press release

Opening: Wednesday, November 28, 2007, 7 pm

ZBYNEK BALADRÁN - GLOSSARY First part of FOOTNOTES: a series of projects curated by Hajnalka Somogyi November 29, 2007 – January 27, 2008

The term “footnote” may have several meanings. In the first place, it refers to very specific information, claiming the attention of only those deeply interested in the issues discussed by the main body of a text. However, it might get a much more exciting means once the text to be footnoted is not our own. In this case, footnoting resembles the method of writing remarks with pencil on the margins of a book – a gesture of expressing (counter-)opinion, of forming questions; a seed for new ideas the stimulus in the text being chosen arbitrarily, according to one’s personal interest. Not only background information for insiders anymore, footnote then becomes a means of expression commenting, questioning or overwriting the main text, which process is as telling of its author as of the content of the footnoted text inspiring, annoying, helping or confusing its reader once it gets into someone else’s hands. The parallel between footnoting and the way contemporary art reflects on its surrounding has been drawn in several cases, as by the concept of the 2nd Moscow Biennial earlier this year. However, the site of our project enriches this term with a special resonance. The physical position of this three by five meters window case in an underpass leading to Secession on the level of its basement seems to be an ideal place to present footnotes. With its institutional bonds to Secession, being situated under Karlsplatz, a square surrounded by established cultural institutions, the venue suggests the function of an appendix, of a site to place remarks and comments.

As an entity outside the main body of the institution and intruding into public space, it embodies Secession’s program policy of extending its activities beyond its walls. It communicates with a wide range of people, although typically with ones being on the move, in a hurry, in-between two places, running through the grey corridor of the underpass or trying to find the right exit as they make their way in the city’s labyrinth. Why would they stop?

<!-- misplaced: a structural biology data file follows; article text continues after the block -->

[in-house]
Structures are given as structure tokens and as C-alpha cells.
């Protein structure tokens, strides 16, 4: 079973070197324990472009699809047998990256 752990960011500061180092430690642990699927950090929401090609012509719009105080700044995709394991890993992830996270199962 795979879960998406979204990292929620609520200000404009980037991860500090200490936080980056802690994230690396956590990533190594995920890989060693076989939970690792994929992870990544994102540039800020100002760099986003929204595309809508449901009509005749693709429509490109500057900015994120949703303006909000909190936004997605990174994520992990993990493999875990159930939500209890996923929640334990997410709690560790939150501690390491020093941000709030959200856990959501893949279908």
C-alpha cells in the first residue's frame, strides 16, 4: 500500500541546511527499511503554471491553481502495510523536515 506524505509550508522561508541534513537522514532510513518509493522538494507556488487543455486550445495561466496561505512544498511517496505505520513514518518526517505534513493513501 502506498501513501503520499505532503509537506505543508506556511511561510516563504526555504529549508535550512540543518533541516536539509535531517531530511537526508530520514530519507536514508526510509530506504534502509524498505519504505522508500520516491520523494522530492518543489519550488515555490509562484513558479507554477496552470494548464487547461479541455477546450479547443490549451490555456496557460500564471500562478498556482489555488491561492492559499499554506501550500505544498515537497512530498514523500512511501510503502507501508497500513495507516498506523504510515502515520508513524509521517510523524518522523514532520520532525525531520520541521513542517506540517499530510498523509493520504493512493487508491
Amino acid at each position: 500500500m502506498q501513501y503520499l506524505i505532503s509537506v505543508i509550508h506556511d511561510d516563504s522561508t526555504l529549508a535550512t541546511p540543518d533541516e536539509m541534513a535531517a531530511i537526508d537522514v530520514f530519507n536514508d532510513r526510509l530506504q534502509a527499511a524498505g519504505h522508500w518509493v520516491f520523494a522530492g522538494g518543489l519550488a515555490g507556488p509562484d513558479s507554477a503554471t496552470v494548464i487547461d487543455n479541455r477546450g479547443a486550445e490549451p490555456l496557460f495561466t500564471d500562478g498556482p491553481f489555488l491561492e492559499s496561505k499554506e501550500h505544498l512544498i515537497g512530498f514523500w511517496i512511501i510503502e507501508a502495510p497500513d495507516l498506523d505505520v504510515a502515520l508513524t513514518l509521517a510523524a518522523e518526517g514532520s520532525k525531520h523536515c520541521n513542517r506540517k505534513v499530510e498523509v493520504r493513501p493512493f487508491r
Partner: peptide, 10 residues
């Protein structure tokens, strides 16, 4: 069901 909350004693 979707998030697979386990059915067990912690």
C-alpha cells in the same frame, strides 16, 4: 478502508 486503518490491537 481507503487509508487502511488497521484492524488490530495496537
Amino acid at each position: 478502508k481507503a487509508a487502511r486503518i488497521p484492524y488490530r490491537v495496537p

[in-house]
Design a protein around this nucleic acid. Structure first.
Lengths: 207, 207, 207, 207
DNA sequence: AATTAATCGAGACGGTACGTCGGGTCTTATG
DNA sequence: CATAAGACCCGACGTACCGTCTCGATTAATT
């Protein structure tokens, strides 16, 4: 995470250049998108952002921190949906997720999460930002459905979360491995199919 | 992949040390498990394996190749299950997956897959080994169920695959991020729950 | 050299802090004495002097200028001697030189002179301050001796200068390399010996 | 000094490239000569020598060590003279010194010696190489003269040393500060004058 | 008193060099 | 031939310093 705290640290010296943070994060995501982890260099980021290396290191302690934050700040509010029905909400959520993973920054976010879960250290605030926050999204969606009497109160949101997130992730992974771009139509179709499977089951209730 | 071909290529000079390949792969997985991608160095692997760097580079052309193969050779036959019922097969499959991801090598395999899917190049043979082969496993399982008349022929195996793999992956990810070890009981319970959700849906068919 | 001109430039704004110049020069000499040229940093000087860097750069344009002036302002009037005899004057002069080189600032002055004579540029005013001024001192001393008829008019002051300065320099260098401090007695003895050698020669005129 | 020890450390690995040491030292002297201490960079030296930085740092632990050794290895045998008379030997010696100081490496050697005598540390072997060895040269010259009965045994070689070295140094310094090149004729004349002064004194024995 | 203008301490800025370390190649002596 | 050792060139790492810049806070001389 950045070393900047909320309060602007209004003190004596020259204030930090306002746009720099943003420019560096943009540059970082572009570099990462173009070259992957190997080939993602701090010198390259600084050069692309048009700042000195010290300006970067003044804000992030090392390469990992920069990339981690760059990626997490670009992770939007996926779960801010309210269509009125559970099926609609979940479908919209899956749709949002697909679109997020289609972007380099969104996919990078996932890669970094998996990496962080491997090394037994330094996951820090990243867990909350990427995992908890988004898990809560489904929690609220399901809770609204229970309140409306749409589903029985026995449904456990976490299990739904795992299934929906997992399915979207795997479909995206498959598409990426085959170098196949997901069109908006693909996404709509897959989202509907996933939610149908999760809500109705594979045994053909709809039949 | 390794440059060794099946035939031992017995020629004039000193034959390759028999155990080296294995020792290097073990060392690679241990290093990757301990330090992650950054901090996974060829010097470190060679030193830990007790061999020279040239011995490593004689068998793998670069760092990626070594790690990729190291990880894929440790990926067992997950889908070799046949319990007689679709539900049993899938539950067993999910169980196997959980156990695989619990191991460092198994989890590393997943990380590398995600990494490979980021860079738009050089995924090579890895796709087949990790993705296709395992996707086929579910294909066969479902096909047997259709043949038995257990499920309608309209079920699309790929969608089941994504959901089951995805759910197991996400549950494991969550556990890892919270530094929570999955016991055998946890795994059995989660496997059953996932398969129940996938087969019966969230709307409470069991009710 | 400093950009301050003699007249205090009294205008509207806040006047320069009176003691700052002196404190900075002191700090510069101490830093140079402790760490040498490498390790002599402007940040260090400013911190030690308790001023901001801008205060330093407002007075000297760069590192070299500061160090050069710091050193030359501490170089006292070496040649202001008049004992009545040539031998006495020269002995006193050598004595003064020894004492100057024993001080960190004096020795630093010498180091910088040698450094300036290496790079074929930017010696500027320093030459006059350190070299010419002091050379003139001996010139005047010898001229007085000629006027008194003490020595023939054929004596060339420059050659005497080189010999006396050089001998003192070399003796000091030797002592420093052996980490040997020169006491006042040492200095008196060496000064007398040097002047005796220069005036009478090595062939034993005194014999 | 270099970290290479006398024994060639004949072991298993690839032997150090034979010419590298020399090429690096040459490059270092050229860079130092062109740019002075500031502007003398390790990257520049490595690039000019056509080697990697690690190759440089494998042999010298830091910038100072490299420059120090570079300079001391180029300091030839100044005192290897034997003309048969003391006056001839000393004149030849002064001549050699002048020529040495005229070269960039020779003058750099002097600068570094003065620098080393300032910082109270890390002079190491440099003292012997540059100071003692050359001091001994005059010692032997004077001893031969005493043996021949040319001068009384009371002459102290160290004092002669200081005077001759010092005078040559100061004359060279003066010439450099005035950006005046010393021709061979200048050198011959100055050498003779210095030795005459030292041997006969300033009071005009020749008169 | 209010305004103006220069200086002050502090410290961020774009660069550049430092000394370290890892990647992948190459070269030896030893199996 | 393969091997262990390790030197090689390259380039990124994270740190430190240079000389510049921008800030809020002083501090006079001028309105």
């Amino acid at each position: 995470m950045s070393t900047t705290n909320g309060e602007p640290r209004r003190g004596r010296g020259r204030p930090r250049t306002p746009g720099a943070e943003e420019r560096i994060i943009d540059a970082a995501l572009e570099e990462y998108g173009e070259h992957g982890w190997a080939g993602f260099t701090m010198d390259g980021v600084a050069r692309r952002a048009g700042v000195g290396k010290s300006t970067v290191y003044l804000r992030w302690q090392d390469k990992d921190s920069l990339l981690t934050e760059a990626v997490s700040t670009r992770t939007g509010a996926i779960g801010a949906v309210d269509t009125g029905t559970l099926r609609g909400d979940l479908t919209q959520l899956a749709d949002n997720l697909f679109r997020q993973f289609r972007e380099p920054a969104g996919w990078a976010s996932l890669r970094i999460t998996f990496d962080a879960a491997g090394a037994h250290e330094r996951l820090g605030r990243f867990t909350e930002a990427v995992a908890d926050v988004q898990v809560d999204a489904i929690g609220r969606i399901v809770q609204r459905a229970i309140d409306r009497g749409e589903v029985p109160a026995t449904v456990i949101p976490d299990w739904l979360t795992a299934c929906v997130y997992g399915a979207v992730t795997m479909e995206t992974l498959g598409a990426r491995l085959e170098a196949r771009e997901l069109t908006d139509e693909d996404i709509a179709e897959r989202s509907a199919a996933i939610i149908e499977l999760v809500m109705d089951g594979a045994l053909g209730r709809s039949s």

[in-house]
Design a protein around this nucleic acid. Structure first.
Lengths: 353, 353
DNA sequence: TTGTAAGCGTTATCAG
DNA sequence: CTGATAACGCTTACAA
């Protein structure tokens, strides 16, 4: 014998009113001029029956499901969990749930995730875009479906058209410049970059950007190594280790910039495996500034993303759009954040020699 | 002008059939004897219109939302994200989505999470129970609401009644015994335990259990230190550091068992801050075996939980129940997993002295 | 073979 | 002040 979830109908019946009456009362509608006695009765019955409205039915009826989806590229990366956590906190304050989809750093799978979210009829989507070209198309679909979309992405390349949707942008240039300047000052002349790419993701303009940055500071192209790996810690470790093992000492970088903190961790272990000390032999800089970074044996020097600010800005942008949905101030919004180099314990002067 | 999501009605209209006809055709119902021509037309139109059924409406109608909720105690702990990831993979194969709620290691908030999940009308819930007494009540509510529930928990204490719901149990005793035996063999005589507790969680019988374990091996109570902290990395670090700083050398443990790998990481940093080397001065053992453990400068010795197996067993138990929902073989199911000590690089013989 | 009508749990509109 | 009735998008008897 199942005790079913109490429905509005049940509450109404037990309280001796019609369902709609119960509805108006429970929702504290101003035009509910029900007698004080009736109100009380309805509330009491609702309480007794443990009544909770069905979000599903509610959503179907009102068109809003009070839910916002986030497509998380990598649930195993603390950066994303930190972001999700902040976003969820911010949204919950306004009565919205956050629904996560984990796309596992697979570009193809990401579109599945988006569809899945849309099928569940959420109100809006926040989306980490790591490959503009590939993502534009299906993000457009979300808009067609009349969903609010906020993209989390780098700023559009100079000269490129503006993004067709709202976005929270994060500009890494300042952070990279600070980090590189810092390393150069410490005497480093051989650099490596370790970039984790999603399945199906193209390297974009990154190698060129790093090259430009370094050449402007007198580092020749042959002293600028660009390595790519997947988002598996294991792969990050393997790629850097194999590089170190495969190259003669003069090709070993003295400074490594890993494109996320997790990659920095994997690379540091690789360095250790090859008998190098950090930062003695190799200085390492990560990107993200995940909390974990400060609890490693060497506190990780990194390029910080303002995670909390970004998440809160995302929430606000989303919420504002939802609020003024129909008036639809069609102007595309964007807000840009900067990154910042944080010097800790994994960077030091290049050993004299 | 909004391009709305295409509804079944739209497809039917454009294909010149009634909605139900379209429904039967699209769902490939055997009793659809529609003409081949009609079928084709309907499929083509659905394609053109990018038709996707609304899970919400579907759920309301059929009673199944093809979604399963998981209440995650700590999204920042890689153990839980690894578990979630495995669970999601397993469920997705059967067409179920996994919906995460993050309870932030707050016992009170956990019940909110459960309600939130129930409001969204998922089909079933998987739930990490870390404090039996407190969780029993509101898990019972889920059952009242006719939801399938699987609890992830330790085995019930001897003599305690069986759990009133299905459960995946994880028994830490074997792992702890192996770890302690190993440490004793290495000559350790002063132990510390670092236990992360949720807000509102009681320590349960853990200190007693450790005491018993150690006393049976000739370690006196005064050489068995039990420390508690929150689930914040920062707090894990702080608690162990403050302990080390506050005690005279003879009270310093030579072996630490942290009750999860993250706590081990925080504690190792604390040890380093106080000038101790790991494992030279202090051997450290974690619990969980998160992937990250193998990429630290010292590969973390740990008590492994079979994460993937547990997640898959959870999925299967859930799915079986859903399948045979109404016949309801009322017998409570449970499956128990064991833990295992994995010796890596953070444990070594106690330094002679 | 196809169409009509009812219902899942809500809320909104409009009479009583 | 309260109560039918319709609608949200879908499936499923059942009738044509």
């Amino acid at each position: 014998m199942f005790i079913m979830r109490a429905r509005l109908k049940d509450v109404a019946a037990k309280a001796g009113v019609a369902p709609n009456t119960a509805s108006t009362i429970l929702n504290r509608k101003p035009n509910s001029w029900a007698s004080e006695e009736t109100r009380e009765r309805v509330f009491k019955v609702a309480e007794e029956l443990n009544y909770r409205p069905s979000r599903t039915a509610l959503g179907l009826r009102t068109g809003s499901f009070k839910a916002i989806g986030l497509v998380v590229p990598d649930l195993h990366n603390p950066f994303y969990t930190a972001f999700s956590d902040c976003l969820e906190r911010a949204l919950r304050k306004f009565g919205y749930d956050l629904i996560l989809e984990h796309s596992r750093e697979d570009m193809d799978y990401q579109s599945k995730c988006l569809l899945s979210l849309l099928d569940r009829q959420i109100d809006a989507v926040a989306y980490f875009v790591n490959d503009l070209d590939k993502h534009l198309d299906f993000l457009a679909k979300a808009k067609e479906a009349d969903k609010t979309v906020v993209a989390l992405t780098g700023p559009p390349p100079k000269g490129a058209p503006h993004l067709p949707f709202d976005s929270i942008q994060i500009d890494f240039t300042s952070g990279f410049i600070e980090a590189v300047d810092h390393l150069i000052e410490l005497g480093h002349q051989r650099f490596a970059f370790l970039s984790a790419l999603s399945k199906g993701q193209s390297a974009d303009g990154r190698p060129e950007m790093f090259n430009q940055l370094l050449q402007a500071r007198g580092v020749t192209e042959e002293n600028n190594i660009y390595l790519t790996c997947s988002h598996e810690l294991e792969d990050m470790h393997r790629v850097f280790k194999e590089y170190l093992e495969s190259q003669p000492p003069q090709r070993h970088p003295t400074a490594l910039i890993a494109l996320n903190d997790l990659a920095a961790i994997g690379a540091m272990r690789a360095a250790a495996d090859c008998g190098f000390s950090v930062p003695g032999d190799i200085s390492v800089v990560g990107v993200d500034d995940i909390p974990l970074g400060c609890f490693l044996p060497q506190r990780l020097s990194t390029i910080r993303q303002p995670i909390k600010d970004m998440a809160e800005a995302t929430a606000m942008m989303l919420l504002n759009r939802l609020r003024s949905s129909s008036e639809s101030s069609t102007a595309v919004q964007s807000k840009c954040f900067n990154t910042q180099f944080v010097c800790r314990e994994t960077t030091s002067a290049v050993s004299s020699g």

A display case usually contains advertisements, posters and announcements. The art projects, the footnotes to be displayed will engage in a dialogue with the site: with the case itself, with the immediate surrounding in the underpass, the larger context of Karlsplatz or the city of Vienna. They will be textual or visual notices by authors living in different cities – to the passers-by of the Austrian capital; messages that catch the gaze and keep the mind engaged – due to their strong visual appearance and subversive content. Glossary (Detail), 2007


Glossary is a large-scale poster covering the entire wall of the display case. It is a diagram: a representational means used to visualize concepts, ideas and relations in a structured and clear way.

Its black and red colors, its spreading bunches of sharp thin red lines connecting words and figures, its circles and cubes and human silhouette seem at first sight reminiscent of pure constructivist and structuralist design.

However, when stepping closer, one has to realize that the way this loads of texts appearing on the poster and the graphic structure around it relate is not necessarily like one would expect from a diagram; the visual and cognitive net drawn by their constellation is rather perplexing. It feels as if peeping into someone’s thoughts, of someone ruminating over their work or walking through the city streets. They are free, arbitrary, inorganizable – the fragments and ideas still connected through lines of association.